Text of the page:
The goal, says Lewis, is to give the teachers a rich academic experience so that their instruction in the K-12 classroom will be enhanced.
Professor van der Kuijp is one of the world’s leading Tibetologists, and Lewis is one of the few specialists on Buddhism of the lower, southern mountains of the Himalayas.
“We look at films from the region, have feasts in the Nepali, Tibetan, and Kashmiri styles, and bring to the Holy Cross program a school curriculum expert so the teachers see what books and other resources can be procured to bring the Himalayas into the classroom.”
Holy Cross staff members also train each teacher to build a Web page designed to implement new curriculum plans built from the institute’s learning experiences. These are published on the institute’s Holy Cross Web site and available to teachers worldwide.
“It might seem strange, even incongruous, that a program with this content would be held at Holy Cross, a Jesuit college,” says Lewis. “But in fact, it is not strange if you understand the Jesuits’ international traditions and Holy Cross’ mission.”
Lewis says Rev. Michael C. McFarland, S.J., president of Holy Cross, welcomes new groups each year during their visits and makes precisely this point.

“Fr. McFarland’s remarks always capture my shared sense of the Holy Cross
mission: the College is about engaging the world, seeking to understand Asia —
like the first Jesuits did, fearlessly, and where many Jesuits still serve today
— promoting cross-cultural understanding.”

There’s another reason why holding the institute at Holy Cross has special meaning.
“The teachers love being on this campus. It is, of course, attractive, but what we have gotten in the detailed evaluations from the first program in 2002 onward is that the Holy Cross community is very welcoming, our facilities are extraordinary, and our librarians and educational technology staff are exemplary in providing their expertise.” Link (here)

Fr. Paul Scalia On The "Untruth" At The College Of The Holy Cross

In amazing Catholic statement made by a Catholic priest and a
Holy Cross graduate. Fr. Scalia debunks with clear sound reasoning the "Holy Cross" two step dance with pro-abortion NARAL and Planned Parenthood. This could be the "tipping point" at Holy Cross and other Catholic colleges that vie for the championship of "Academic Freedom" at the cost of Christian liberty. First a brief bio on Fr. Scalia, then his written statement in full. Hat tip to the Curt Jestor
The biography of REV. PAUL SCALIA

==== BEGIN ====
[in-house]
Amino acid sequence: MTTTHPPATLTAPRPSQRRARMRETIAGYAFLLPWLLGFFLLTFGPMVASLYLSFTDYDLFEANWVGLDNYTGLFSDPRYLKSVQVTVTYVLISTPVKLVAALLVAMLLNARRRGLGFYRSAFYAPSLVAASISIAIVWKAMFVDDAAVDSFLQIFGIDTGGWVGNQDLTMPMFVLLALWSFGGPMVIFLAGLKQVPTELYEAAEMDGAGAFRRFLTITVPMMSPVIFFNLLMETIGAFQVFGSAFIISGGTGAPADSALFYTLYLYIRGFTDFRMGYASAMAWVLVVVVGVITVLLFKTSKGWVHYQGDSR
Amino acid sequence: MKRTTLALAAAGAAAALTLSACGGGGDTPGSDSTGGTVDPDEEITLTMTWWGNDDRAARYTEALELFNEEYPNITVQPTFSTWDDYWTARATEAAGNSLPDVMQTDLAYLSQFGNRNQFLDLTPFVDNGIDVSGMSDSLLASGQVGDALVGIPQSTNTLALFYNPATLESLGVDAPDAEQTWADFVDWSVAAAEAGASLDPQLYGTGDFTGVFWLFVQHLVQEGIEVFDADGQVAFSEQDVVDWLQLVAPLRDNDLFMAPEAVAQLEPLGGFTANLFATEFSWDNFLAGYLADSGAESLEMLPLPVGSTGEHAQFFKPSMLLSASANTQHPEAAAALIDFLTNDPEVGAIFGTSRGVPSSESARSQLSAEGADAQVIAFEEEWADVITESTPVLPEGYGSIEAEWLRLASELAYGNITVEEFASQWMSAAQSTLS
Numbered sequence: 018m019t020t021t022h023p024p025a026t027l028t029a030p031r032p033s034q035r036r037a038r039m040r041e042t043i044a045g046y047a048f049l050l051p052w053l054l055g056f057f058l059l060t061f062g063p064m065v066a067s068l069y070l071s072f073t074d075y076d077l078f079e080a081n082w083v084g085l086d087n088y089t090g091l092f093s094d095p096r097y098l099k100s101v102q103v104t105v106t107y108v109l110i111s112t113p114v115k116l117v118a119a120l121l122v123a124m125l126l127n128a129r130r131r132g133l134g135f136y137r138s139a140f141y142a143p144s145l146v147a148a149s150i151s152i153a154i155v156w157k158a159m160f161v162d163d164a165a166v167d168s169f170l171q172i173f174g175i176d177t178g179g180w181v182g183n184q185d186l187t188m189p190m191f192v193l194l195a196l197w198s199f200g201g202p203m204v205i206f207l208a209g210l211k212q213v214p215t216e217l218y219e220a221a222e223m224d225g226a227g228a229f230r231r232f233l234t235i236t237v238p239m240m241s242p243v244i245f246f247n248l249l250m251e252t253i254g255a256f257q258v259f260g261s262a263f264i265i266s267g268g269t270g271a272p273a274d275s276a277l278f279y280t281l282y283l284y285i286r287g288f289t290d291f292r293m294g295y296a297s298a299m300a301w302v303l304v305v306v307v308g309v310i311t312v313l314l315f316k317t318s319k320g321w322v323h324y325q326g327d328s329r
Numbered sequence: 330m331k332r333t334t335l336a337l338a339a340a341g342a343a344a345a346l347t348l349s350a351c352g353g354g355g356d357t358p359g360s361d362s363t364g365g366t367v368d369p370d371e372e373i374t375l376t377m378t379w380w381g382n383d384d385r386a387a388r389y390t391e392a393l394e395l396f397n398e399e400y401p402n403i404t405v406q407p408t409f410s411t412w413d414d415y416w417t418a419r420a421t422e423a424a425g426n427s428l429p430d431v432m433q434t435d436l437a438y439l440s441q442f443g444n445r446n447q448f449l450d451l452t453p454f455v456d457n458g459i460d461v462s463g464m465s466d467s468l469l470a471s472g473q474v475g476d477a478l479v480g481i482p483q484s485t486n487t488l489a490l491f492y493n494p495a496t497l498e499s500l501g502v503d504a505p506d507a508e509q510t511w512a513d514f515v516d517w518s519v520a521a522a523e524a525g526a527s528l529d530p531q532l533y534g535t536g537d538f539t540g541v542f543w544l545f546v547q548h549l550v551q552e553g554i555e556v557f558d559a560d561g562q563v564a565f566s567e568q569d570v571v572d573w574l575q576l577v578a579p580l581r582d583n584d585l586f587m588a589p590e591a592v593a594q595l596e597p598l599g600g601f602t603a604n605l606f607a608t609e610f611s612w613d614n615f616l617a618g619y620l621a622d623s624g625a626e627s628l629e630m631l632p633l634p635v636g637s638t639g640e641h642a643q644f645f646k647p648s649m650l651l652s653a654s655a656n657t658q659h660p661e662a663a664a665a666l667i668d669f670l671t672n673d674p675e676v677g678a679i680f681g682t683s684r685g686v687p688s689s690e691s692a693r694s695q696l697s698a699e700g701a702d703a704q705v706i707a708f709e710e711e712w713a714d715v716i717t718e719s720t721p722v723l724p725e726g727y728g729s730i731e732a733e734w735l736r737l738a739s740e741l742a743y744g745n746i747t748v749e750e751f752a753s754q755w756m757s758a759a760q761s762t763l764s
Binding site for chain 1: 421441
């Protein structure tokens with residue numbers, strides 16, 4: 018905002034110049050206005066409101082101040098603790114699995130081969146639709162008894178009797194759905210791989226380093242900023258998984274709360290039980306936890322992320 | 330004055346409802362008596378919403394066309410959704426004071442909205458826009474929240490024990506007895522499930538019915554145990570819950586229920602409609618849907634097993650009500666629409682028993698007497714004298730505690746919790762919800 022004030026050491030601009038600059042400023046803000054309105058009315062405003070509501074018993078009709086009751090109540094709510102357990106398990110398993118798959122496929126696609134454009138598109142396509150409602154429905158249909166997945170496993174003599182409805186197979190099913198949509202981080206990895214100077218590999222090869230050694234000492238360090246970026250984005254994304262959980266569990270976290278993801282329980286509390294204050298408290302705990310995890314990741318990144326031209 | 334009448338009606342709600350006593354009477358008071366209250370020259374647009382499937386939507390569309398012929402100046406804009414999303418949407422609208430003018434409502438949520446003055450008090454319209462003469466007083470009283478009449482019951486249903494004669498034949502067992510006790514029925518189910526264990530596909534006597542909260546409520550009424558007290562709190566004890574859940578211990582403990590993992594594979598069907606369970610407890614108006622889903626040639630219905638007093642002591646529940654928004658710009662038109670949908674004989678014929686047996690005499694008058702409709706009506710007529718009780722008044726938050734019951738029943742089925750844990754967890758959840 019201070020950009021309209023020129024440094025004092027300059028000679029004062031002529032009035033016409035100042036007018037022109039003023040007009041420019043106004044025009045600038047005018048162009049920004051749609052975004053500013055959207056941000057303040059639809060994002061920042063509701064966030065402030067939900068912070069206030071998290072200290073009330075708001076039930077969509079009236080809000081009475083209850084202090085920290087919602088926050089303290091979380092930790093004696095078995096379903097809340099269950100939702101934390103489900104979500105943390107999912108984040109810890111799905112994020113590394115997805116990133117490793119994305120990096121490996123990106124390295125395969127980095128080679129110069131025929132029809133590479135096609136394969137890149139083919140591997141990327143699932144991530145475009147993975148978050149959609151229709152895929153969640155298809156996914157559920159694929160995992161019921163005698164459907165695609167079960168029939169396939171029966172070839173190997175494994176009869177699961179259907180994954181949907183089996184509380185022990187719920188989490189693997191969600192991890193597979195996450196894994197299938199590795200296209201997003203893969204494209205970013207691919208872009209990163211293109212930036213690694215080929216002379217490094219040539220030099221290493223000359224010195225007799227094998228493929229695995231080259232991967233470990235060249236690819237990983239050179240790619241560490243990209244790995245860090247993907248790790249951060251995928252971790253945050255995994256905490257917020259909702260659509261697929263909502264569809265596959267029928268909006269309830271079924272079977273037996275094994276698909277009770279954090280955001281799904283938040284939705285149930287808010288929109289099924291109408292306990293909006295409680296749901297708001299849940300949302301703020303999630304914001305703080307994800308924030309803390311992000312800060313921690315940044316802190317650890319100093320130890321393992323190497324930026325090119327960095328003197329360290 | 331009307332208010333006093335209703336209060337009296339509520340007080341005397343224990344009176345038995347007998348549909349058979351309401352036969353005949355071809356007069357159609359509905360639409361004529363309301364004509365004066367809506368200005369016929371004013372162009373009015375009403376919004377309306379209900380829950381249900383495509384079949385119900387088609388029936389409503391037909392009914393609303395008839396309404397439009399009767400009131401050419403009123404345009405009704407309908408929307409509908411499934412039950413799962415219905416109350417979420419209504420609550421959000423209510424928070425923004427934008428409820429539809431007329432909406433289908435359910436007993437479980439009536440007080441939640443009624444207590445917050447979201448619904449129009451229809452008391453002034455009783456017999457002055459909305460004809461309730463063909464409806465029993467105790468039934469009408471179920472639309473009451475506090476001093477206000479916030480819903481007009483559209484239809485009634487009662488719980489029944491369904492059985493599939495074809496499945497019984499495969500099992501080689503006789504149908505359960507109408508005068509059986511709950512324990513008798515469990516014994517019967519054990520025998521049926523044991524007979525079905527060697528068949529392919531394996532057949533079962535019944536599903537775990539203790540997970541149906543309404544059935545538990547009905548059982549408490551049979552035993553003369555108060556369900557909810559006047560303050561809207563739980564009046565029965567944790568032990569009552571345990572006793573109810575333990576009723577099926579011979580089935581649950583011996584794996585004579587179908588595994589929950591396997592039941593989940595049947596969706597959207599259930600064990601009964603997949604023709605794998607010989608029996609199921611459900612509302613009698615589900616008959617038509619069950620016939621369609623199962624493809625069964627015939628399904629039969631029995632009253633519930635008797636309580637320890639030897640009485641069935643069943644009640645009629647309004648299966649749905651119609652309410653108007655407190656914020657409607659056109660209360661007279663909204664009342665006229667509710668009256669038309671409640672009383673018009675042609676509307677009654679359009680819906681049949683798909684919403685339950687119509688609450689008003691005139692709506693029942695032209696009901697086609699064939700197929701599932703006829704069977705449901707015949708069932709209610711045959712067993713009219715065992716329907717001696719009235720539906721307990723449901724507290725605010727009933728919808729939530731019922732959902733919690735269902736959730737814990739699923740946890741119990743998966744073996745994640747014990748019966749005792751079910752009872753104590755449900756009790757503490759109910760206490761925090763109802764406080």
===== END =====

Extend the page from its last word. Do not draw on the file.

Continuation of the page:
Fr. Scalia is one of nine children born to Supreme Court Justice Antonin Scalia and his wife, Maureen, parishioners of St. Catherine of Siena Church in Great Falls. He attended Langley High School in McLean and graduated in 1992 from the College of the Holy Cross in Worchester, Mass. He applied to the Arlington Diocese and was accepted to Mount St. Mary’s Seminary in Emmitsburg, MD. After completing one year of theological studies at the Mount, Fr. Scalia was sent to Rome to study at the North American College. He was ordained a deacon Oct. 5, 1995, in St. Peter’s Basilica in Rome, and was ordained a priest for the Arlington Diocese in 1996. His assignments have included St. James, Falls Church, St. Patrick’s, Fredericksburg and he is currently a Parochial Vicar at St. Rita’s parish. Link (here)

Fr. Paul Scalia's statement on the "Junk Theology" of Holy Cross and its accepting money from Planned Parenthood and NARAL Pro-Choice America

A Response to Professor David O’Brien

Despite its profound errors and certain academic haughtiness, Professor David
O’Brien’s response to Bishop McManus still provides a valuable service. It not only
crystallizes what intellectual problems exist at Holy Cross, but also reveals how deeply
entrenched they are. Specifically, he presents well the College’s agnostic approach to
education. For him, Holy Cross plays the role of Socrates – urging students to question,
ask, and search. He gives us the image of intrepid, indefatigable investigators and neverrelenting
pursuers of…well, not the truth but questions. It is a quest for questions:
The Holy Cross community places at the center of its mission serious engagement
with "fundamental human questions" of meaning and mutual obligation. We seek
to build an intellectual and educational community centered on "fundamental
religious and philosophical questions."
Toward that end, the College offers courses in theology, including Catholic theology, religious studies, and what is now called Catholic Studies, courses engaging Catholic ideas in many disciplines. We developed a
nationally recognized first year program centered on the vocational question "how then shall we live?" As we write, the community, the entire diverse faculty, is preparing to launch a wider first year program centered on fundamental questions: they call the program Montserrat, recalling the spiritual transformation experienced by Jesuit founder St Ignatius Loyola.

Funny, it would seem wiser to build a community on answers rather than
questions. You cannot build a community on questions anymore than you can build a
house on a questionable foundation. Imagine your contractor telling you that he has
some questions about the foundation he just set for your new home. Then, deigning to
instruct you, he adds, “But the important thing is that we’re asking the questions.” So,
taking O’Brien as a fair representative of the administration, it is clear that the college’s
willingness to let the Church’s enemies use its facilities is not a lapse of judgment or an
oversight: it is part of official policy to ask questions – but not provide answers.
Professor O’Brien boasts about the “Montserrat” program. It is worth pointing